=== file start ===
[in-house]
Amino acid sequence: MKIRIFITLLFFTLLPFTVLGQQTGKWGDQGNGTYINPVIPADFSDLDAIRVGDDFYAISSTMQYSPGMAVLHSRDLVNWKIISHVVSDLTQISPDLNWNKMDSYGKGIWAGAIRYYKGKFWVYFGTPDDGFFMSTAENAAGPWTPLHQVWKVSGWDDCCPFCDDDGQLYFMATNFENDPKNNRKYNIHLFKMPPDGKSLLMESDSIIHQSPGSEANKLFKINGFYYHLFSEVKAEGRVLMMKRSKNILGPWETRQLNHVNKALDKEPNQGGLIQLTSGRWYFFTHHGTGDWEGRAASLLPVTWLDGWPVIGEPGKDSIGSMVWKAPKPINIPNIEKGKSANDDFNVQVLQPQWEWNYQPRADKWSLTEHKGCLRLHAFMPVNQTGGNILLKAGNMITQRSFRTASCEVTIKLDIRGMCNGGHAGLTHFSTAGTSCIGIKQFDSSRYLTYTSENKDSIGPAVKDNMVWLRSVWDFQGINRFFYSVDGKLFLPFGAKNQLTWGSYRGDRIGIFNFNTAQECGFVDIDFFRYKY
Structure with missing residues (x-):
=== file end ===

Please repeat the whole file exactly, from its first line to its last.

[in-house]
Amino acid sequence: MKIRIFITLLFFTLLPFTVLGQQTGKWGDQGNGTYINPVIPADFSDLDAIRVGDDFYAISSTMQYSPGMAVLHSRDLVNWKIISHVVSDLTQISPDLNWNKMDSYGKGIWAGAIRYYKGKFWVYFGTPDDGFFMSTAENAAGPWTPLHQVWKVSGWDDCCPFCDDDGQLYFMATNFENDPKNNRKYNIHLFKMPPDGKSLLMESDSIIHQSPGSEANKLFKINGFYYHLFSEVKAEGRVLMMKRSKNILGPWETRQLNHVNKALDKEPNQGGLIQLTSGRWYFFTHHGTGDWEGRAASLLPVTWLDGWPVIGEPGKDSIGSMVWKAPKPINIPNIEKGKSANDDFNVQVLQPQWEWNYQPRADKWSLTEHKGCLRLHAFMPVNQTGGNILLKAGNMITQRSFRTASCEVTIKLDIRGMCNGGHAGLTHFSTAGTSCIGIKQFDSSRYLTYTSENKDSIGPAVKDNMVWLRSVWDFQGINRFFYSVDGKLFLPFGAKNQLTWGSYRGDRIGIFNFNTAQECGFVDIDFFRYKY
Structure with missing residues (x-):